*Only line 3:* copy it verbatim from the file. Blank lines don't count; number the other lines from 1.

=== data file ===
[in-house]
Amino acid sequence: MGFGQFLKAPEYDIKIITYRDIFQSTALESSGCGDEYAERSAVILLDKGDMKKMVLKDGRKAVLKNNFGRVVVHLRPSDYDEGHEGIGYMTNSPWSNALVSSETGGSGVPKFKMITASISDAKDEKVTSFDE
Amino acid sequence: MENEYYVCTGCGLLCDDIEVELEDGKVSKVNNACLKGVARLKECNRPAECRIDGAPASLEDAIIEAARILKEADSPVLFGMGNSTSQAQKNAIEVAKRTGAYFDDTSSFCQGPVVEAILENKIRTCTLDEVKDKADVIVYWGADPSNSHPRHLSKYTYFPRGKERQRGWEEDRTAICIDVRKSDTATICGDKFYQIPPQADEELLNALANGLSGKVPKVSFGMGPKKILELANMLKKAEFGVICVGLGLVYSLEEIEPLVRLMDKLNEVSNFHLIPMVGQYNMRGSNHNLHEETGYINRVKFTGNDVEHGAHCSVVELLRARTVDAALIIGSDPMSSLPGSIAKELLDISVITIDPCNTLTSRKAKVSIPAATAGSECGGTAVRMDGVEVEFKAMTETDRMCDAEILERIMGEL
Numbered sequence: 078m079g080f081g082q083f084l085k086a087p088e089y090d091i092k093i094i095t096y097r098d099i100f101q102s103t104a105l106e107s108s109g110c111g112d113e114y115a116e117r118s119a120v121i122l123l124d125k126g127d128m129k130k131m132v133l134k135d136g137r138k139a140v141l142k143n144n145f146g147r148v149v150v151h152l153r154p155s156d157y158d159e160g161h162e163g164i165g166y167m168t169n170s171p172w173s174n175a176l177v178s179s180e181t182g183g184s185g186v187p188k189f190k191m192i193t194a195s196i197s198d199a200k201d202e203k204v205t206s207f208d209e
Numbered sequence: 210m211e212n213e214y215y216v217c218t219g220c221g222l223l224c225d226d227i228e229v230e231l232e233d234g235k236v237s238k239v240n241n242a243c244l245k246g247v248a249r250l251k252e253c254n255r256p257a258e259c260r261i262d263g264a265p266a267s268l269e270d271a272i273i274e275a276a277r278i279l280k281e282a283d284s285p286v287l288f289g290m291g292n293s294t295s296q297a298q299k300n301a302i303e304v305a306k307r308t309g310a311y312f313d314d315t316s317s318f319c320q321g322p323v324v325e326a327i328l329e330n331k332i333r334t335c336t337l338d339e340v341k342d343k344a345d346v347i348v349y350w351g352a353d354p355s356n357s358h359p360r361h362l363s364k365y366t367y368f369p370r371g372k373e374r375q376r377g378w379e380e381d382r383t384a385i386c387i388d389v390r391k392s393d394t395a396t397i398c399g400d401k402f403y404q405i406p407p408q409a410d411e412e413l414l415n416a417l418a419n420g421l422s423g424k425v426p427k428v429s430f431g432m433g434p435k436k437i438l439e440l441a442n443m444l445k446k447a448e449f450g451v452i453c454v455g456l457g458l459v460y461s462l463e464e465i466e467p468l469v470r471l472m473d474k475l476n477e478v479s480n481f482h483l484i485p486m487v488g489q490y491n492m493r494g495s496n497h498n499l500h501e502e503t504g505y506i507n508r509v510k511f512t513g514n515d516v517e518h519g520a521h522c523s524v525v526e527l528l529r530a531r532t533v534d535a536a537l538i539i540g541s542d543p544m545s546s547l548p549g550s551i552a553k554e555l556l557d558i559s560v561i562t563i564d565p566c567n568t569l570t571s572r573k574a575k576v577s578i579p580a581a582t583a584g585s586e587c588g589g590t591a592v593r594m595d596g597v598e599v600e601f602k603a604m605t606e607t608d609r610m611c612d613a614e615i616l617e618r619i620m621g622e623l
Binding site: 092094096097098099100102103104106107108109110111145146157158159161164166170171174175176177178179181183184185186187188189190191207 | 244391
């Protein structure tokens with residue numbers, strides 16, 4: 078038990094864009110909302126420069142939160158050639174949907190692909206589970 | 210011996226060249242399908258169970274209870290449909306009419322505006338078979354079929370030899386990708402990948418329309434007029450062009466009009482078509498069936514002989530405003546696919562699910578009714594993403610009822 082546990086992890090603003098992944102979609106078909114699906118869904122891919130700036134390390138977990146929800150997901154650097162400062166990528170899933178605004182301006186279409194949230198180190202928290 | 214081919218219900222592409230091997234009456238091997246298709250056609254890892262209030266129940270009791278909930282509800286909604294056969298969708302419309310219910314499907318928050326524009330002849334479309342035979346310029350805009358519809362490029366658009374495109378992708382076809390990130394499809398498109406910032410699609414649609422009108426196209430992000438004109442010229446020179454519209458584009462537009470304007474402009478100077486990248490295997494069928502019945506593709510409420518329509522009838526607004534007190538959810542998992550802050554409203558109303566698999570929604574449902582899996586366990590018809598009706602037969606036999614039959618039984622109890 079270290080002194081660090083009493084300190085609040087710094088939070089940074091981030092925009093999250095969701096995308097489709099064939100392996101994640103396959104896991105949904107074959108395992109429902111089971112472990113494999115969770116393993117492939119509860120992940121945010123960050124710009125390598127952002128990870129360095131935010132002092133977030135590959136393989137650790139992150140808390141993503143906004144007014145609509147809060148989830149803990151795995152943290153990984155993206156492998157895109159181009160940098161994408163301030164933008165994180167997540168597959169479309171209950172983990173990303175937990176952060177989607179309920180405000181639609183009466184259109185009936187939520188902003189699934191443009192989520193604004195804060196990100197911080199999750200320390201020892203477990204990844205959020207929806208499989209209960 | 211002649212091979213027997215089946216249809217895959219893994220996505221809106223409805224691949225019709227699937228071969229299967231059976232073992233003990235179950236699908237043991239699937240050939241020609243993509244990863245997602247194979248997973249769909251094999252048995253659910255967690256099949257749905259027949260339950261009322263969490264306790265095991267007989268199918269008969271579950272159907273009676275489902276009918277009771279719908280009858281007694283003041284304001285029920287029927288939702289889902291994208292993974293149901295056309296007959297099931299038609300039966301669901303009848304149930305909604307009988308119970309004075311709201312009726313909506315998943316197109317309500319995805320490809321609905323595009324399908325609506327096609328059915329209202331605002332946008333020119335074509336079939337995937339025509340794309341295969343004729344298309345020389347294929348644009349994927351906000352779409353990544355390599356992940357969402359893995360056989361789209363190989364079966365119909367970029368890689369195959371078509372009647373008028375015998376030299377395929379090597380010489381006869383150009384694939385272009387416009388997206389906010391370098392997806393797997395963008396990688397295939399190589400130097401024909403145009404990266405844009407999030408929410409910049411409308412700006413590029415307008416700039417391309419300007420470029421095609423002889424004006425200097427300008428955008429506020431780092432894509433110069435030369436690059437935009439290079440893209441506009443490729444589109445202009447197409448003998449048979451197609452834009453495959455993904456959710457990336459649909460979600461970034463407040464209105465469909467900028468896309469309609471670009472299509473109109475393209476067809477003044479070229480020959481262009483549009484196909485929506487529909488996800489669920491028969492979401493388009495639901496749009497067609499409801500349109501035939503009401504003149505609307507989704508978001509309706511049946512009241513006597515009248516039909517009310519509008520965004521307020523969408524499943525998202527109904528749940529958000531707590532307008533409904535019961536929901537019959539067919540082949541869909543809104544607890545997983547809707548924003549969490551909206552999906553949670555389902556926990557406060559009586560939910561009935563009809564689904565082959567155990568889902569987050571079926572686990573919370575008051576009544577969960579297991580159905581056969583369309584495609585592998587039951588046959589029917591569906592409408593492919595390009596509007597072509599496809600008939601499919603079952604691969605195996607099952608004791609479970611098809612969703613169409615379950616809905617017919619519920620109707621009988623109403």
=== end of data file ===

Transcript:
Amino acid sequence: MENEYYVCTGCGLLCDDIEVELEDGKVSKVNNACLKGVARLKECNRPAECRIDGAPASLEDAIIEAARILKEADSPVLFGMGNSTSQAQKNAIEVAKRTGAYFDDTSSFCQGPVVEAILENKIRTCTLDEVKDKADVIVYWGADPSNSHPRHLSKYTYFPRGKERQRGWEEDRTAICIDVRKSDTATICGDKFYQIPPQADEELLNALANGLSGKVPKVSFGMGPKKILELANMLKKAEFGVICVGLGLVYSLEEIEPLVRLMDKLNEVSNFHLIPMVGQYNMRGSNHNLHEETGYINRVKFTGNDVEHGAHCSVVELLRARTVDAALIIGSDPMSSLPGSIAKELLDISVITIDPCNTLTSRKAKVSIPAATAGSECGGTAVRMDGVEVEFKAMTETDRMCDAEILERIMGEL